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fig2: Melanonychia of the lower extremity nails.

Mentions: 63-year-old woman applied to hospital in July 2012 with bruises on chest without trauma. In her anamnesis, it was learned that she also had large bruises after trauma before the admission. In her physical examination spleen was palpable under arcus costa. Her laboratory tests results were hemoglobin 13.6 gr/dL, white blood cell 8.2 × 103/μL, and platelet 600 × 103/μL. There was no cause for reactive thrombocytosis and serum iron levels were normal. Hematocrit level was 37%. In detailed tests Philadelphia chromosome was absent and JAK2 mutation was positive. She was diagnosed as having essential thrombocytosis and she was given hydroxycarbamide treatment with a dose of 2 × 500 mg/day. There were no complications and she was on periodic follow-up by our clinic. However in July 2014 she started to feel pain in her toes. Clinical examination revealed melanonychia on her upper and lower extremity nails (Figures 1 and 2). Hydroxycarbamide treatment was discontinued because of pain and she was given Anagrelide treatment. Anagrelide was well tolerated and our patient is still on clinical follow-up with this treatment without complication.


Melanonychia Secondary to Long-Term Treatment with Hydroxycarbamide: An Essential Thrombocytosis Case.

Malkan UY, Gunes G, Eliacik E, Yayar O, Haznedaroglu IC - Case Rep Hematol (2015)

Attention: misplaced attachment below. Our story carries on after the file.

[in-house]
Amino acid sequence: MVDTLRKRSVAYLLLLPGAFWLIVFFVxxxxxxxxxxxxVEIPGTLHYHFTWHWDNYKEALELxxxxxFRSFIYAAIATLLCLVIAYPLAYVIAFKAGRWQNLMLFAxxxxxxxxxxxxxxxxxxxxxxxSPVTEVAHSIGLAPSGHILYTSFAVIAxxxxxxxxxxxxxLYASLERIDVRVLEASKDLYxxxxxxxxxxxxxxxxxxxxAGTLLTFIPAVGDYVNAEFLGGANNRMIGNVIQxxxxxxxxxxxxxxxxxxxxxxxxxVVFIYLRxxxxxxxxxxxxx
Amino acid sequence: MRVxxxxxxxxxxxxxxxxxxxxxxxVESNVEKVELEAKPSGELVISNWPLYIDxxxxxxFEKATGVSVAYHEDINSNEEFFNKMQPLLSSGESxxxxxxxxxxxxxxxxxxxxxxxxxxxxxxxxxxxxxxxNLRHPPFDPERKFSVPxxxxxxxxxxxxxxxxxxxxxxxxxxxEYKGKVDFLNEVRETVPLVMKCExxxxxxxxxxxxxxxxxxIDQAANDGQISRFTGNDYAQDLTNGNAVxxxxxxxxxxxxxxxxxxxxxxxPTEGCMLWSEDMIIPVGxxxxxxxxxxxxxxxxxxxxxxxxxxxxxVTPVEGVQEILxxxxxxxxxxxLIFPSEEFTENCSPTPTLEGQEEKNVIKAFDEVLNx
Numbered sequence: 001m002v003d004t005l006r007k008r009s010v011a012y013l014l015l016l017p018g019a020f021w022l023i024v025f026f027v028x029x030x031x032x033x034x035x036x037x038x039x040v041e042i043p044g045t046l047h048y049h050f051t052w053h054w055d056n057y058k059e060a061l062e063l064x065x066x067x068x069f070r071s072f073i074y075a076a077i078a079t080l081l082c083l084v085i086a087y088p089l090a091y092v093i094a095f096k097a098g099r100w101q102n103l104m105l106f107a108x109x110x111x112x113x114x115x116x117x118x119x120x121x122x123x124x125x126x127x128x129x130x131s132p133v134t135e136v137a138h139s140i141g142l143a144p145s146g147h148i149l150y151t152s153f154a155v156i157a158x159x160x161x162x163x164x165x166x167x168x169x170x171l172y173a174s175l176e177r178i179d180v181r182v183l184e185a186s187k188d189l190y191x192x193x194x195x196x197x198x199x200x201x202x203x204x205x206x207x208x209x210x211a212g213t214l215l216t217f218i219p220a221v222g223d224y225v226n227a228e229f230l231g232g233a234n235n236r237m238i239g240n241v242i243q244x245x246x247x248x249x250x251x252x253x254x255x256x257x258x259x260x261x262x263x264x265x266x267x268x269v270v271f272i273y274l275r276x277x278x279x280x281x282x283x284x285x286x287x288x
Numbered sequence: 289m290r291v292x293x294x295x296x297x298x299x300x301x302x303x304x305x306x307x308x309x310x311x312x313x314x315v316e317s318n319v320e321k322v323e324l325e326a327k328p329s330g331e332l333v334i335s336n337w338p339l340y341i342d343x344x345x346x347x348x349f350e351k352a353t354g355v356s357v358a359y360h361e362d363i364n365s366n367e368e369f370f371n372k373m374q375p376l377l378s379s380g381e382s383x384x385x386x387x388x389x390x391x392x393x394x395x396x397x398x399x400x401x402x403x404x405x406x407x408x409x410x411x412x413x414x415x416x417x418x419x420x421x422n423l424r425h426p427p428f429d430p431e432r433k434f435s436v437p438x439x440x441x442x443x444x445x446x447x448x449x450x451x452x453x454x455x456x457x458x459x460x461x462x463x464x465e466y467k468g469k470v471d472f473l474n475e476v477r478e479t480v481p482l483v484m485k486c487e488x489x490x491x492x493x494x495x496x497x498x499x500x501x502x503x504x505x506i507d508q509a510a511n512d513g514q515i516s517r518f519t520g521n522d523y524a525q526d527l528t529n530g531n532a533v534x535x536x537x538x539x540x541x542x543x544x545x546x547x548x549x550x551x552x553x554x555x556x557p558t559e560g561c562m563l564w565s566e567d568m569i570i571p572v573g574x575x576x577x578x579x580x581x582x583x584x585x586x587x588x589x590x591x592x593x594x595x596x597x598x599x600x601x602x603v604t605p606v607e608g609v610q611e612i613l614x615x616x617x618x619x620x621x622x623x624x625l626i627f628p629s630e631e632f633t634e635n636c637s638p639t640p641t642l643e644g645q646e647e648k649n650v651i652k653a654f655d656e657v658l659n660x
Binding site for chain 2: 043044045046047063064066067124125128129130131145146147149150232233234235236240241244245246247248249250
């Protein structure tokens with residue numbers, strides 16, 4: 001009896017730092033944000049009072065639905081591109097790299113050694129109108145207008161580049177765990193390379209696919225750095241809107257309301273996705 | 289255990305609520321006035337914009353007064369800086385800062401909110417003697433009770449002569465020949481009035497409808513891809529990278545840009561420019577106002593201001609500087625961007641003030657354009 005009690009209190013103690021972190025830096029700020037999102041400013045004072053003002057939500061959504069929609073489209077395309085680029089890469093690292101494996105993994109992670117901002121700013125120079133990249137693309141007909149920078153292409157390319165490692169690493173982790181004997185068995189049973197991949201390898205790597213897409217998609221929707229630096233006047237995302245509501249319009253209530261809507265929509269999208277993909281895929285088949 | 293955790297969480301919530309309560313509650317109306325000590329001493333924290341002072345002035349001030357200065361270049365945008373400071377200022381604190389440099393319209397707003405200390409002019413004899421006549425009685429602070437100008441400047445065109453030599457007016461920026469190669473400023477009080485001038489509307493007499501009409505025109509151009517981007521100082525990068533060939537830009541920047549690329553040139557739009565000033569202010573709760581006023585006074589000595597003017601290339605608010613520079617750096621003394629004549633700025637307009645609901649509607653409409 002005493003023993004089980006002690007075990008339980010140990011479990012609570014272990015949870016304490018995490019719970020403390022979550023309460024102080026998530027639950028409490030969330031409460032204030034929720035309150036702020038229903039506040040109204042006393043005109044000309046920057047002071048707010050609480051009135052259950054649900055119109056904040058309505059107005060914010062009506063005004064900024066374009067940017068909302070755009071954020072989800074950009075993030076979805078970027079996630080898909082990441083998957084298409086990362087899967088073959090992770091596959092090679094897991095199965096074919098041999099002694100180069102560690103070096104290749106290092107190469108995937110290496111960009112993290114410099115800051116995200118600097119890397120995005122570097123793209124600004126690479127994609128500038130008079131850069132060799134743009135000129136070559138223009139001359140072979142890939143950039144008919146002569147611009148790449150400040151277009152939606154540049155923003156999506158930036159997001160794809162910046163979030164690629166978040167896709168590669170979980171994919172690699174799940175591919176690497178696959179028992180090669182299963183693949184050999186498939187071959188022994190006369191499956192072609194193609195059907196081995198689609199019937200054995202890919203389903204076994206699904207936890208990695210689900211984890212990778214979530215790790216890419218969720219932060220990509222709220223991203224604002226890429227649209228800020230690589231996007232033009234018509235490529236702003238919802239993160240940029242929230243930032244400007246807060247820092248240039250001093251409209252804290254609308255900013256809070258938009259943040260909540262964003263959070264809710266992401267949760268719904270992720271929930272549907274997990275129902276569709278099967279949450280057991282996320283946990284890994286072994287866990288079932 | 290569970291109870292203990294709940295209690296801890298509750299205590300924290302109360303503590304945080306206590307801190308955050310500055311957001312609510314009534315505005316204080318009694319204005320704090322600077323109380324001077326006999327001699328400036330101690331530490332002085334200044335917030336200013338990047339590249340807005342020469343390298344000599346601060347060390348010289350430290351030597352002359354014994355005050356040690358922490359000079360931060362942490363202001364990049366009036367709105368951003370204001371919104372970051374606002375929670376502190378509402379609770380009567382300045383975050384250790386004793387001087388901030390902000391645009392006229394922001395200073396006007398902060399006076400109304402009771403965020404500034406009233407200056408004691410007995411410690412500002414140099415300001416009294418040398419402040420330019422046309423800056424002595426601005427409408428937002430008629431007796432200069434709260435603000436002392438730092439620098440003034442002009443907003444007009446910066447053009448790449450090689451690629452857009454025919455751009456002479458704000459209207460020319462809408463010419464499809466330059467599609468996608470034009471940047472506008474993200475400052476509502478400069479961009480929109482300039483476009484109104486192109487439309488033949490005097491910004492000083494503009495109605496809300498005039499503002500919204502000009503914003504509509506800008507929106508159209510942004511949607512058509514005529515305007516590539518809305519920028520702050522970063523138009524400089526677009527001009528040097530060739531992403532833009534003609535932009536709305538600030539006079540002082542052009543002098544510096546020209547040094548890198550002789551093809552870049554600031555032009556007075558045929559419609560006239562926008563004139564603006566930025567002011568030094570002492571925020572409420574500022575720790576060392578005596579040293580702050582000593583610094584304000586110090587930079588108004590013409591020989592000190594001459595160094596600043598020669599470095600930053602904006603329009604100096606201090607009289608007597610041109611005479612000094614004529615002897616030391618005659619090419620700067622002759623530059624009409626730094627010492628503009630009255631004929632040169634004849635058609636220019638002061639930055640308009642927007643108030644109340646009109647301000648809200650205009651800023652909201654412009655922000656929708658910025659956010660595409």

Melanonychia of the lower extremity nails.
© Copyright Policy - open-access
Related In: Results  -  Collection

Show All Figures
getmorefigures.php?uid=PMC4537733&req=5

fig2: Melanonychia of the lower extremity nails.
Mentions: 63-year-old woman applied to hospital in July 2012 with bruises on chest without trauma. In her anamnesis, it was learned that she also had large bruises after trauma before the admission. In her physical examination spleen was palpable under arcus costa. Her laboratory tests results were hemoglobin 13.6 gr/dL, white blood cell 8.2 × 103/μL, and platelet 600 × 103/μL. There was no cause for reactive thrombocytosis and serum iron levels were normal. Hematocrit level was 37%. In detailed tests Philadelphia chromosome was absent and JAK2 mutation was positive. She was diagnosed as having essential thrombocytosis and she was given hydroxycarbamide treatment with a dose of 2 × 500 mg/day. There were no complications and she was on periodic follow-up by our clinic. However in July 2014 she started to feel pain in her toes. Clinical examination revealed melanonychia on her upper and lower extremity nails (Figures 1 and 2). Hydroxycarbamide treatment was discontinued because of pain and she was given Anagrelide treatment. Anagrelide was well tolerated and our patient is still on clinical follow-up with this treatment without complication.